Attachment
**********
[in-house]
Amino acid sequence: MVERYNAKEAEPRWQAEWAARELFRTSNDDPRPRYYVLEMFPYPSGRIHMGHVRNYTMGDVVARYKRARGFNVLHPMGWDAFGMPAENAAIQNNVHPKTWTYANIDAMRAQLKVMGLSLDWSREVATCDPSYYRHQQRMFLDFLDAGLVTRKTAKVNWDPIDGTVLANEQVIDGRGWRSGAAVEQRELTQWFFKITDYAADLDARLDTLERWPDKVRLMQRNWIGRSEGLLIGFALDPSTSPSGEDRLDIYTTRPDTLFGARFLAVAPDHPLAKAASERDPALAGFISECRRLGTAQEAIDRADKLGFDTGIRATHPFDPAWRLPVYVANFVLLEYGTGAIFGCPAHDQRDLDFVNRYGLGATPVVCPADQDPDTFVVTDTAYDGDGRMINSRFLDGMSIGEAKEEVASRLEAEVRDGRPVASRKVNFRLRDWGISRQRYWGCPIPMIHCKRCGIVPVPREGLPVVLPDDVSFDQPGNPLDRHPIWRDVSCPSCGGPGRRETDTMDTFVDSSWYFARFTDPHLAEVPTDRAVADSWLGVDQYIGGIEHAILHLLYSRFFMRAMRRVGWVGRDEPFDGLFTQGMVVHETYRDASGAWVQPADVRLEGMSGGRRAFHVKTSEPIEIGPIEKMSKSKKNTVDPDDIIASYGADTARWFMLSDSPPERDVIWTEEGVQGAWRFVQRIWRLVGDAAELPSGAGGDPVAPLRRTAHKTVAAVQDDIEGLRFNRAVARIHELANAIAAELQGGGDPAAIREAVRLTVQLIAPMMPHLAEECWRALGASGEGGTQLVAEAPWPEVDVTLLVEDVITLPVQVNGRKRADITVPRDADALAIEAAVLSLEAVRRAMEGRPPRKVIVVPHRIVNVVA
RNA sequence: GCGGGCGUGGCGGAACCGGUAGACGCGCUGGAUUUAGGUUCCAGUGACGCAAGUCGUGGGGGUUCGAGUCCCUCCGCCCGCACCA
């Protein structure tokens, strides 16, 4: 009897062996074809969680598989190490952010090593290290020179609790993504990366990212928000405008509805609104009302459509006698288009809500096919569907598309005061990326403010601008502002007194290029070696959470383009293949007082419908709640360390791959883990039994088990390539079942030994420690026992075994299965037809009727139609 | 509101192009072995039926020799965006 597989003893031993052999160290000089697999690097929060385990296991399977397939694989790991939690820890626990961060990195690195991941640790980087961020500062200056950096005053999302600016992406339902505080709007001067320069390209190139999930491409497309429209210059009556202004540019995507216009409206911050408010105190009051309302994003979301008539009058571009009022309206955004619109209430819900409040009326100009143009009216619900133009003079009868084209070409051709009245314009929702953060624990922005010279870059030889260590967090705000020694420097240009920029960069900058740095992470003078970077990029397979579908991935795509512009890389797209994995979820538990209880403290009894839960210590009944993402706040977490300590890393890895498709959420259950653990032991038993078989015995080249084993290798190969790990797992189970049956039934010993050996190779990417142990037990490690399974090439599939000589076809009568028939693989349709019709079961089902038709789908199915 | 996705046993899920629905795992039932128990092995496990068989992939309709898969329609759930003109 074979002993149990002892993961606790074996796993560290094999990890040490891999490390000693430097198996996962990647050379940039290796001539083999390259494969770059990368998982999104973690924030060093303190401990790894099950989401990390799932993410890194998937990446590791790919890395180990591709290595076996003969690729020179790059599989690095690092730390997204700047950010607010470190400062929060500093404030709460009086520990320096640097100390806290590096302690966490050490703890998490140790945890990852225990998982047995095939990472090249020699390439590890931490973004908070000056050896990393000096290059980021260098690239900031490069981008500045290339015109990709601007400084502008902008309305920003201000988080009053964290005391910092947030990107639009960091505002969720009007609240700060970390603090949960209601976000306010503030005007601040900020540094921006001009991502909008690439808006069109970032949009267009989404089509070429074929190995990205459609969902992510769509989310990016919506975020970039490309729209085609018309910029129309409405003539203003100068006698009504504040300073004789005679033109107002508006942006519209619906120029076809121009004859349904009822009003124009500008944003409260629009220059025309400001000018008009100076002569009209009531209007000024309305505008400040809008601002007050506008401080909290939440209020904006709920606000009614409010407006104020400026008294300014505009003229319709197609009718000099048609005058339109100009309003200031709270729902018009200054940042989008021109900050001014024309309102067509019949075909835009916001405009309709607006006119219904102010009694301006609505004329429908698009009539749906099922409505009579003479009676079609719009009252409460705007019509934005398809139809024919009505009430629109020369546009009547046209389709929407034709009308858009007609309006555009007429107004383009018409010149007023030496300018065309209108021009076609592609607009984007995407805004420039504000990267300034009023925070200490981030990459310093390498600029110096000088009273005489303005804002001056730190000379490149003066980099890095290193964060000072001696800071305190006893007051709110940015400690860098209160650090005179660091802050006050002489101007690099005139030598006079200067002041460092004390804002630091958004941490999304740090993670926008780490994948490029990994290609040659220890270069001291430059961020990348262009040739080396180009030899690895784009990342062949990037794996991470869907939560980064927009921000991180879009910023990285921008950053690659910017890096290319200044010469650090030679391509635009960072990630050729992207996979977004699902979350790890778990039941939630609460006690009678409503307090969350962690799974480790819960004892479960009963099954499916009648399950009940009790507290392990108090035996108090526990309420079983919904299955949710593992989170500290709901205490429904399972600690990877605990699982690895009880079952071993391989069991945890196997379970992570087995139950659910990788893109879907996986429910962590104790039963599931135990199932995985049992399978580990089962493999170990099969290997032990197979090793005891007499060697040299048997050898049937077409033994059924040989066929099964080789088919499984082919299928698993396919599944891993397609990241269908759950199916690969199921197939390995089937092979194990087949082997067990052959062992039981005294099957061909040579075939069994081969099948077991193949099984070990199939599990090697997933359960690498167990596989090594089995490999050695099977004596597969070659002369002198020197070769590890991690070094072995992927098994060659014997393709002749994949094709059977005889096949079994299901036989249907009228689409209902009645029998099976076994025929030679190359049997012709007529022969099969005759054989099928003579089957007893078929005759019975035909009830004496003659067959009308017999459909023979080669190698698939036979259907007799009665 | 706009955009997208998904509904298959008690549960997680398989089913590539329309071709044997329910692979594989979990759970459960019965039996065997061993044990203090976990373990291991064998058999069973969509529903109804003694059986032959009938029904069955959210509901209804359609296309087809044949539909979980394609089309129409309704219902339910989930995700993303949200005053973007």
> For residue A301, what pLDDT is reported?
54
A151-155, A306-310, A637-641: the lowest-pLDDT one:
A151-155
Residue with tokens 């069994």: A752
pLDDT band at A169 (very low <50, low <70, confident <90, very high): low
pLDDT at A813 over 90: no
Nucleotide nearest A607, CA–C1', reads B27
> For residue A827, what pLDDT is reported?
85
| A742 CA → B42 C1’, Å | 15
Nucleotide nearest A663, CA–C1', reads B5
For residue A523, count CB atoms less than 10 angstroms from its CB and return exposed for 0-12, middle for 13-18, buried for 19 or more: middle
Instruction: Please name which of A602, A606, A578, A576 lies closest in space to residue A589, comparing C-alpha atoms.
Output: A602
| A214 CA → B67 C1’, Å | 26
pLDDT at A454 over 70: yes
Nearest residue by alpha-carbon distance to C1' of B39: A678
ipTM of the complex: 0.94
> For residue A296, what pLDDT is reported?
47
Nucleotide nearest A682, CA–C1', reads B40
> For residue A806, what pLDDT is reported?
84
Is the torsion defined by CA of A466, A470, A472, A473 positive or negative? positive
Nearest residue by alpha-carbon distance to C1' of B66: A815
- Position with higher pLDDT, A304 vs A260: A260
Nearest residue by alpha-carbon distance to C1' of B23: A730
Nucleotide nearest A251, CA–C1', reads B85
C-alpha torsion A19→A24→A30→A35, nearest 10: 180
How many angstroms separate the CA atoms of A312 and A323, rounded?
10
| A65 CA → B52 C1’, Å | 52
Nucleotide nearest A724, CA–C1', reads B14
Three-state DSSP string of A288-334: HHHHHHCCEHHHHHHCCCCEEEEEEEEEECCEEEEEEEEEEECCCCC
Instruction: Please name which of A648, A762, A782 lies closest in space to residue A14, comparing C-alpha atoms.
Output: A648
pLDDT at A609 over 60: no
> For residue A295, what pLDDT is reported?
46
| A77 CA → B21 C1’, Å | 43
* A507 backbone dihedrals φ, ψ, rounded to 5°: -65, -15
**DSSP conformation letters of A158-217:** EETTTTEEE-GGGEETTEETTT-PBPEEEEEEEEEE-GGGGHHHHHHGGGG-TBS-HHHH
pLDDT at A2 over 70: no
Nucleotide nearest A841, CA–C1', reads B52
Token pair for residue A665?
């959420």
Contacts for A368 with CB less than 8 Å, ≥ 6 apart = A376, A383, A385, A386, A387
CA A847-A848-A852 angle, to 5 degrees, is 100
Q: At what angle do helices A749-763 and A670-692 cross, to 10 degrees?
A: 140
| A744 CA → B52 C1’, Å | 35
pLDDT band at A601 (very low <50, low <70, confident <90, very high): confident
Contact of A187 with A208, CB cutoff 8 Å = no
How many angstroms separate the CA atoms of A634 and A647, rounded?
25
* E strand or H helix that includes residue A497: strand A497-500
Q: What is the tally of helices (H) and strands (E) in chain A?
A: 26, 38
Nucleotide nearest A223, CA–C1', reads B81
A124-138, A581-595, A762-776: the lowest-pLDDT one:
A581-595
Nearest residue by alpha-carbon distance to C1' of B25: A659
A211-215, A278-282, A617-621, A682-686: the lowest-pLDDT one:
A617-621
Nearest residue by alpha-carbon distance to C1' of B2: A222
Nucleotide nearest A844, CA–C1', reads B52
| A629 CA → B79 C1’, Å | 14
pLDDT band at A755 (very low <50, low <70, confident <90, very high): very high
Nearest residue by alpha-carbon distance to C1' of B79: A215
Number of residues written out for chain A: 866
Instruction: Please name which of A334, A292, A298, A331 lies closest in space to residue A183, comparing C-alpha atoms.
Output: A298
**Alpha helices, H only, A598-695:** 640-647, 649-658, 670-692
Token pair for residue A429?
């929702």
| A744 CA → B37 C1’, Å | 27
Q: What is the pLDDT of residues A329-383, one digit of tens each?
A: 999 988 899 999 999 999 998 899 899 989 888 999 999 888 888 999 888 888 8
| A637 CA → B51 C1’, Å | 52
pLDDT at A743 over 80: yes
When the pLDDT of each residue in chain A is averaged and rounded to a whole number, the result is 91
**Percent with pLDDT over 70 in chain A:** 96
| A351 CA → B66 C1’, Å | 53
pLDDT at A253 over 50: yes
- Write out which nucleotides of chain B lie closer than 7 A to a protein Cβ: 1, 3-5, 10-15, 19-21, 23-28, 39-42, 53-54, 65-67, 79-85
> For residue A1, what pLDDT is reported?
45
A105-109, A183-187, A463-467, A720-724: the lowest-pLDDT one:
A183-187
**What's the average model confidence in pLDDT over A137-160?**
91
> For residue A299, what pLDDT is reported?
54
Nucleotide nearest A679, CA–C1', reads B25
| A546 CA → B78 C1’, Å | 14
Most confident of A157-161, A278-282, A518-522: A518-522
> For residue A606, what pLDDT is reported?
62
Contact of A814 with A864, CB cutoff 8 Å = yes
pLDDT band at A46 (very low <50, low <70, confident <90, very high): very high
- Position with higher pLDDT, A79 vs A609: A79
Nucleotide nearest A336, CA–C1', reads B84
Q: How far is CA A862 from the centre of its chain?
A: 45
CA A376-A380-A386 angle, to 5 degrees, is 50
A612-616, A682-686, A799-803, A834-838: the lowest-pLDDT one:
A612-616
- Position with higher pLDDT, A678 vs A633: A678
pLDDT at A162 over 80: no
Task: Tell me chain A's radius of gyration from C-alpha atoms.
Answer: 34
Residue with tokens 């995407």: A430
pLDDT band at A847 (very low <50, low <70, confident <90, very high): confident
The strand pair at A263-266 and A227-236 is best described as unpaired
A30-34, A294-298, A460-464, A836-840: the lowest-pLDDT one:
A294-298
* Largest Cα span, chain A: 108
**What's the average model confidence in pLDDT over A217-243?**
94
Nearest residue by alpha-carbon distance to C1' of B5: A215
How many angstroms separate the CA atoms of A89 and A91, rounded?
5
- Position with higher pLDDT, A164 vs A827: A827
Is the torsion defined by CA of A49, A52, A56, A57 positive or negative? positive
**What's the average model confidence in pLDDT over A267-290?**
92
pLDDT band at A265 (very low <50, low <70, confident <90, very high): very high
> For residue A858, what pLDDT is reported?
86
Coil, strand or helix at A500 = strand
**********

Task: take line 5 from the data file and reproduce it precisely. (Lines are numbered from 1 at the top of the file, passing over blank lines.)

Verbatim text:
> For residue A301, what pLDDT is reported?